- If you are in Northern Ireland, find a listing of Job Centres (Jobs and Benefits Offices)
- Job search portal run by the NI Job Centre
- An independent guide to using job centres and their services. This is NOT the official site for Jobcentre Plus or the NI Job Centre; it is independent and not linked with the Department for Work and Pensions.
Other useful hints and links
- TheSite.org can help with job hunting generally
- Employment agencies – there are hundreds of them in the phone book, and they can get you temporary or permanent work.
- Networking opportunities – many people get jobs through personal contacts, so let friends and family know that you are looking for work. They might know somebody useful and pull a few strings, or have seen an ad that you missed.
- Speculation – check out firms you’d like to work for e.g. through news stories, the business sections of daily papers, or use internet search engines to find out more. Then call their human resources people and ask about possible vacancies. Even if they aren’t currently recruiting, send them your CV to keep on file.
I’ve just graduated. What do I do next to get a job?
- TheSite.org also offers information for graduates
- The Milk Round: This one’s for university students. Once or twice yearly, the big firms go around UK universities giving talks and trying to sign up students for trainee jobs. Go along, and do some background reading about the companies. You can find out all of the details from your university careers service.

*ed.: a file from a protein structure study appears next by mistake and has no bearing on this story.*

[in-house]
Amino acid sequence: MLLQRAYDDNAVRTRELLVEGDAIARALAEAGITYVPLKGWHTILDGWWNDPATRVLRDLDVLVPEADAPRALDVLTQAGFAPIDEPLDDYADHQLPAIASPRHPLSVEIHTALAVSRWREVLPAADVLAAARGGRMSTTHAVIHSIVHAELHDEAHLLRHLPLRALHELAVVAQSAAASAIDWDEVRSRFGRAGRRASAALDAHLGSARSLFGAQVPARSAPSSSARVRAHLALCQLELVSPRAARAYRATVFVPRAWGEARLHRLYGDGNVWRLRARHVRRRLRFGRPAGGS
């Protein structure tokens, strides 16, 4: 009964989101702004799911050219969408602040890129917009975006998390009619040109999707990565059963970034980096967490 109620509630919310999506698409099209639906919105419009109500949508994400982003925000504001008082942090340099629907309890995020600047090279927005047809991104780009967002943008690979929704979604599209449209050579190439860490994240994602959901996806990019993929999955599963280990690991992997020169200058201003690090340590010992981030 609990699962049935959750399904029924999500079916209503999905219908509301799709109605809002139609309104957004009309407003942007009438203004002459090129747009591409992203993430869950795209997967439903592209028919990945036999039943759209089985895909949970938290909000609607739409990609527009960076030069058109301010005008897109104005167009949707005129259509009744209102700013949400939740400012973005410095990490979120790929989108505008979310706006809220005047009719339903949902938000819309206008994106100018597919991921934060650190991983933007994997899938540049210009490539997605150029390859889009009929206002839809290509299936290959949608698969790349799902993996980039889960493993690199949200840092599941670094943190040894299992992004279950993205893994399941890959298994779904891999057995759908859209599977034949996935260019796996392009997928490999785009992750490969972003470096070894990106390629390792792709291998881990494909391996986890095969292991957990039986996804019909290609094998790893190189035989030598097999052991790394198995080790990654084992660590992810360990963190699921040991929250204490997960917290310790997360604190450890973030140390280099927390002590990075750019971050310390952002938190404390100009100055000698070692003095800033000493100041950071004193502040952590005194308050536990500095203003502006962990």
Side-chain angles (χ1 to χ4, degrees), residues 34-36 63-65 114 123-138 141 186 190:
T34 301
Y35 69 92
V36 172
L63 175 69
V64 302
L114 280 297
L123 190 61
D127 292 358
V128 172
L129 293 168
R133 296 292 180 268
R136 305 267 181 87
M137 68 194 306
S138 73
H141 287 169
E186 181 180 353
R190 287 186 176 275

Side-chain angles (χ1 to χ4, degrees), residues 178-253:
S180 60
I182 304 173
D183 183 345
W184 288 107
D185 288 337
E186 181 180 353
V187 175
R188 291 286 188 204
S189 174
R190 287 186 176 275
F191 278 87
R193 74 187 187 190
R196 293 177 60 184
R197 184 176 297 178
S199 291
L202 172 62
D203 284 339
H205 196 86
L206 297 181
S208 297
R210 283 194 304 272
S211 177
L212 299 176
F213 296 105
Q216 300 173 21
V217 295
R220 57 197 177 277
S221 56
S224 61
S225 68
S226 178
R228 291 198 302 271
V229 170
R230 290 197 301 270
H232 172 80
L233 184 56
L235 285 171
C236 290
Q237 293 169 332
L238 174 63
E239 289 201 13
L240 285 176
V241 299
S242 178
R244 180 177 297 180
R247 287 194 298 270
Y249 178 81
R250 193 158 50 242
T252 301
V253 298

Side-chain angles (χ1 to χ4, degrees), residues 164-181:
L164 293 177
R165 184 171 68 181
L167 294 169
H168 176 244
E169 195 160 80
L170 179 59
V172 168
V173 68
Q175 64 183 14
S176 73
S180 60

- Graduate Prospects
- The Graduate (part of the newspaper publishing group Trinity Mirror).
How do I get some work experience?
Work experience is an incredibly useful way to find out if you want to work in a particular job or sector, to gain workplace skills or to get your foot in the door. You might be paid for a work experience placement or internship – usually employers make this clear when advertising placements. Sometimes they are unpaid, particularly if they are in a popular sector.
Graduate Talent Pool - If you are a graduate, the government has recently created a one-stop shop for graduates seeking an internship or work experience. Currently, there are 500 opportunities advertised on the site, many of which have multiple vacancies. National Council for Work Experience - NCWE supports university students in the main but has some useful links for 15-18 year olds seeking work experience. The Council also organises Work Placement Exhibitions, where you can go along and meet employers who have placements on offer. As well as graduate jobs, you can also search for internships and placements on Prospects.ac.uk. Prospects also has a series of articles on work experience, which are useful for anyone seeking a placement. When you undertake a placement, it’s useful to think about what you’re learning and how you might apply that knowledge in another job or in another organisation.